If I appear in a photo, I look for myself first. Wait. Let me amend that. If I am aware I appear in a photo, I look for myself first. My uncredited guest appearances in the photographs of my wider digital “photo-footprint” are likely to stay beyond my vanity-driven review.
I do the same thing when I read. That’s why a recent Wall Street Journal article about how publishers are reinvesting in printed books and creating new author-to-reader pipelines caught my attention. The article appeared in the October 16, 2017 print edition as “In Books, Print Makes a Stand” and was published online as “Book Publishers Go Back to Basics.”
I see myself in this story.
As a daily reader of books across a range of subjects, I am among the consumers who drove a 4.5 percent increase in printed book revenue last year and an overall total revenue increase of 5 percent in the consumer books industry from 2013 to 2016. The WSJ derived these figures from the Association of American Publishers who also reported that e-book sales in the United States decreased by 17 percent last year.
While the WSJ article attributes part of this resurgence to the popularity of books about the political moment, my fellow travelers are those who are responding to the feel of books as physical objects and a renewed emphasis on design sensibility and beauty in printed books. Seriously. I was on the train a few days ago running my hands across a lovely, textured dust jacket before I started a book.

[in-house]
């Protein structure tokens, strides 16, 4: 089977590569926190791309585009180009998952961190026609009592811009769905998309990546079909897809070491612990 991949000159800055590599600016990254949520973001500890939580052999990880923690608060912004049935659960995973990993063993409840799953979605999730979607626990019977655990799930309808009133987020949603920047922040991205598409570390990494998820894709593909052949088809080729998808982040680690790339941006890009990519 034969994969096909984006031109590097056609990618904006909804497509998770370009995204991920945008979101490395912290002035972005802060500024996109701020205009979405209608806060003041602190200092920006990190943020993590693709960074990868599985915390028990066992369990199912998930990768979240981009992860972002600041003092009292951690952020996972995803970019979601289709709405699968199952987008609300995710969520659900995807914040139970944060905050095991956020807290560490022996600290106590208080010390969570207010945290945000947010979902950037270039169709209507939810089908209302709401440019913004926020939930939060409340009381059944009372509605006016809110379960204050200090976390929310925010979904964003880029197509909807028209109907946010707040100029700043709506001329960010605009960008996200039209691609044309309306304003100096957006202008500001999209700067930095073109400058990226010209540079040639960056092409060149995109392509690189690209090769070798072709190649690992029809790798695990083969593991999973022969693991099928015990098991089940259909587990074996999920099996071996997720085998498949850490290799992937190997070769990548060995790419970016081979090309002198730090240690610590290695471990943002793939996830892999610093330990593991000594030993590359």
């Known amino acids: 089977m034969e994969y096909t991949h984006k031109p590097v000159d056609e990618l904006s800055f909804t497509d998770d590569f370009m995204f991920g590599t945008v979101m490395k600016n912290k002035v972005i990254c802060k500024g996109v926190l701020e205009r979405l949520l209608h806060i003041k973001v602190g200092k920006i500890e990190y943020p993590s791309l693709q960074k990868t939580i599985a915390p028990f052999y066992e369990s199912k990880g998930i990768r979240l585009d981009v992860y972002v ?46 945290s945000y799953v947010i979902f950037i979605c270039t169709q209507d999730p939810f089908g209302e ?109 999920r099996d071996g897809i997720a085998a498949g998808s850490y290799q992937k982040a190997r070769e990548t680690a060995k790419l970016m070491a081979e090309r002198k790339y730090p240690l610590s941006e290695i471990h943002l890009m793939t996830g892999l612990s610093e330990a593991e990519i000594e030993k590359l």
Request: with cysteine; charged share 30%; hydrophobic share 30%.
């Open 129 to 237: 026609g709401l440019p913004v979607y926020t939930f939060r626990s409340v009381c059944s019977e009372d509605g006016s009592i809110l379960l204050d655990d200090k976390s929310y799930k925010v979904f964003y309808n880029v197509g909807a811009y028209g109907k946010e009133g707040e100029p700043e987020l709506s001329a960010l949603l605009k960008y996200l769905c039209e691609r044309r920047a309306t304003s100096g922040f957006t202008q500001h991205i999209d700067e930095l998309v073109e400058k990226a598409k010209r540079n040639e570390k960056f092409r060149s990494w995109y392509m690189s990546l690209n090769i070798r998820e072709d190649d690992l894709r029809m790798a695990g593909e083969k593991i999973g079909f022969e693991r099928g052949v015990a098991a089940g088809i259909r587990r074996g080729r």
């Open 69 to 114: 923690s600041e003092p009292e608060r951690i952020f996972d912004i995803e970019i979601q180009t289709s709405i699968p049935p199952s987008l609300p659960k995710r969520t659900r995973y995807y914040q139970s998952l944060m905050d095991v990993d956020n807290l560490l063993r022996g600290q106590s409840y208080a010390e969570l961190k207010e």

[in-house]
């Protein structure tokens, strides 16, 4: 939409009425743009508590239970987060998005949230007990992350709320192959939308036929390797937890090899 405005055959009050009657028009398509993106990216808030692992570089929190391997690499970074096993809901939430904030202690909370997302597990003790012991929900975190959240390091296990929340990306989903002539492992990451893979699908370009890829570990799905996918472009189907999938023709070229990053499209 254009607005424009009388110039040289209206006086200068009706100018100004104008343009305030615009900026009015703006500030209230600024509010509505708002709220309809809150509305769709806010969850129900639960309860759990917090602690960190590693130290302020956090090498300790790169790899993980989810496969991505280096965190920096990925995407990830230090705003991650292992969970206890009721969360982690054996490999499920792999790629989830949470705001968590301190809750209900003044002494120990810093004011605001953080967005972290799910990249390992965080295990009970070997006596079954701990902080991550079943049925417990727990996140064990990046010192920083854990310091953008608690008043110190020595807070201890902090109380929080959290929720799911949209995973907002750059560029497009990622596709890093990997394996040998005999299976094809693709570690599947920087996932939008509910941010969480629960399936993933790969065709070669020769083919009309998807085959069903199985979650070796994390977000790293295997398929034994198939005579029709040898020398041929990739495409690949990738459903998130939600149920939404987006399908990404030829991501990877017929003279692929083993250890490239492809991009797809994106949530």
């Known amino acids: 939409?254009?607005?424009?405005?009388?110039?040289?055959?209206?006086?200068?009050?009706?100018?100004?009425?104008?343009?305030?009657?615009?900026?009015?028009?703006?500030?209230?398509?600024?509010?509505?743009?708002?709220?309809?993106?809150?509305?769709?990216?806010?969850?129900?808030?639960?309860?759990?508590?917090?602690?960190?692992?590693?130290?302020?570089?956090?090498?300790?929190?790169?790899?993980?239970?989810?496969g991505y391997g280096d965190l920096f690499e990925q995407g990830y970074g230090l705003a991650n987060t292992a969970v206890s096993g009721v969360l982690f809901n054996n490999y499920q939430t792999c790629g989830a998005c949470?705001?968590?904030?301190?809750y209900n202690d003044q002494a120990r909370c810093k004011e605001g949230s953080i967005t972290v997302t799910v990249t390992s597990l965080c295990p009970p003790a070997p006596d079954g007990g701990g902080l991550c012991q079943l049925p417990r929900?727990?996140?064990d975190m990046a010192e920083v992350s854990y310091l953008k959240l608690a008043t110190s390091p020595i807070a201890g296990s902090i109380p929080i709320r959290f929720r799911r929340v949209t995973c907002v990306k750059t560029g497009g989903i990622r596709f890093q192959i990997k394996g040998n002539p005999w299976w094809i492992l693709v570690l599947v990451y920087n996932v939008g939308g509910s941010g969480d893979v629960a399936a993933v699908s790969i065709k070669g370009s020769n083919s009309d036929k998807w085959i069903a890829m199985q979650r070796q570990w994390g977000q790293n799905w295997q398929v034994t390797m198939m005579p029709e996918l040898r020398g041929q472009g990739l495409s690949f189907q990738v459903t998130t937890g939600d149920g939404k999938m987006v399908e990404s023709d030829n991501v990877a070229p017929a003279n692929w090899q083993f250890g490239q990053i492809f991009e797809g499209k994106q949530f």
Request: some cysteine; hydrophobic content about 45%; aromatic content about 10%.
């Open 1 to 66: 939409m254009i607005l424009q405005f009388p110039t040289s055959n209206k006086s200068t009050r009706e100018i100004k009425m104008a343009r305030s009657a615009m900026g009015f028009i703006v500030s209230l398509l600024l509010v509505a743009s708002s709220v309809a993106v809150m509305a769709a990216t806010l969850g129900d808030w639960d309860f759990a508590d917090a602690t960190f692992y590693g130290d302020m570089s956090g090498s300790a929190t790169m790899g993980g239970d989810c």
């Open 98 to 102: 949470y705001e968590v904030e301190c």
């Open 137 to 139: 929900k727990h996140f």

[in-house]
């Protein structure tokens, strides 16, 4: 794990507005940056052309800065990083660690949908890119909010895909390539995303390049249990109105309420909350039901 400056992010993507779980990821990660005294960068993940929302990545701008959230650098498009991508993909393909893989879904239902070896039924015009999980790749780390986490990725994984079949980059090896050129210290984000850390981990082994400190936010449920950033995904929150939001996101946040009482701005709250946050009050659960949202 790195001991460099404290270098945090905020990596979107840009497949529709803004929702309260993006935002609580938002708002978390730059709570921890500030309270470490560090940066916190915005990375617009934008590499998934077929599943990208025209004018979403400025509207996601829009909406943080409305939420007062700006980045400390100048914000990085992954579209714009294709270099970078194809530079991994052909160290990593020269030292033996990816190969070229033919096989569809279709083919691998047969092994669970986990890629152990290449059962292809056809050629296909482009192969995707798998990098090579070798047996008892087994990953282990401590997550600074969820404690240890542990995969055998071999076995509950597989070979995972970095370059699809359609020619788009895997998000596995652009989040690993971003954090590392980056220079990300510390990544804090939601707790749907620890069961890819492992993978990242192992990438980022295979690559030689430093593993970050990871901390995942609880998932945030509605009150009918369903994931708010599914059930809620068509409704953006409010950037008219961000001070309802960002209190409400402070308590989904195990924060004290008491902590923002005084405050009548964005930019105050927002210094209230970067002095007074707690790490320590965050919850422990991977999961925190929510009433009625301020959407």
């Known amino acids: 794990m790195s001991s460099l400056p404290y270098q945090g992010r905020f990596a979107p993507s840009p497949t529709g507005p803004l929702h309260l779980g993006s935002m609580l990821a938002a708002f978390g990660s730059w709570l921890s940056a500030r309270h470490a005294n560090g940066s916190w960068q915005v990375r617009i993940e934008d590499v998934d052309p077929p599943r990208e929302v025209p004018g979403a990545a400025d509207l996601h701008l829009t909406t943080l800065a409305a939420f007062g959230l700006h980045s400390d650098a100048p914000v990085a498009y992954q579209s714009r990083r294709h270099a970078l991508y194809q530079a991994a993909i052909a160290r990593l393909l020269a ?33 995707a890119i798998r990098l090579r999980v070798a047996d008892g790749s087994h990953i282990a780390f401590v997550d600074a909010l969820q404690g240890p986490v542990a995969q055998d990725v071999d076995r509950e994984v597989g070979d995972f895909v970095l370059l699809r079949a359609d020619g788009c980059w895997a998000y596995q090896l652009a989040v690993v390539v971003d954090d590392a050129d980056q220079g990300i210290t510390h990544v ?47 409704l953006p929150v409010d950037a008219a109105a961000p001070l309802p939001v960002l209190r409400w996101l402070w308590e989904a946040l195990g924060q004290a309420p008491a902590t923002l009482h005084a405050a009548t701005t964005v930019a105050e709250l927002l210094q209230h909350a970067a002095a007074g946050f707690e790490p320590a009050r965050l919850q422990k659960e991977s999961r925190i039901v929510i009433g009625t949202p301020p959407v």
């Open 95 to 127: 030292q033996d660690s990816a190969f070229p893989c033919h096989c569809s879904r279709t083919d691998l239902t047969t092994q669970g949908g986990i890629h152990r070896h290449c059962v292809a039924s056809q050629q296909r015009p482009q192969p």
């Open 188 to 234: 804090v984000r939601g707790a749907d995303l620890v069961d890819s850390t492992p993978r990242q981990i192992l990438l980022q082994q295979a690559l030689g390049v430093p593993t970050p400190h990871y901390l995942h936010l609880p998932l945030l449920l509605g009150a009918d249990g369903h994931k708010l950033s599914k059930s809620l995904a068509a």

It’s like I wrote previously on PMC:
“I’m enjoying a refreshed appreciation for printed books as a whole. After a few years of reading electronic books almost exclusively, the luxury of quiet paper bound for a single purpose feels very real. I relish still moments with hardcovers in particular.”
While I always look for myself, I’m glad I’m not alone in my refreshed appreciation for printed books. Whether prodigal paperphiles like me are driven by “screen-fatigue” or the sensuous charms of the physical object, if there is a market the products will come. Print for us. Come get your money.
66 percent of U.S. respondents to a recent Two Sides survey of consumer preferences related to paper and print believe it is important to “switch off” and enjoy printed books and magazines. That practice is absolutely part of my new and improved lifestyle. More water. More exercise. Less sleep and more coffee (I said “improved” not perfect). And definitely more time with quiet paper.
How have your book-buying habits changed (or not) over the past few years? Do you recognize yourself in recent trends?
Andy Solages connects people and organizations with technologies to improve professional experiences and business results. Andy is a monthly contributor to Print Media Centr’s News from The Printerverse and a regular participant in #PrintChat on Twitter.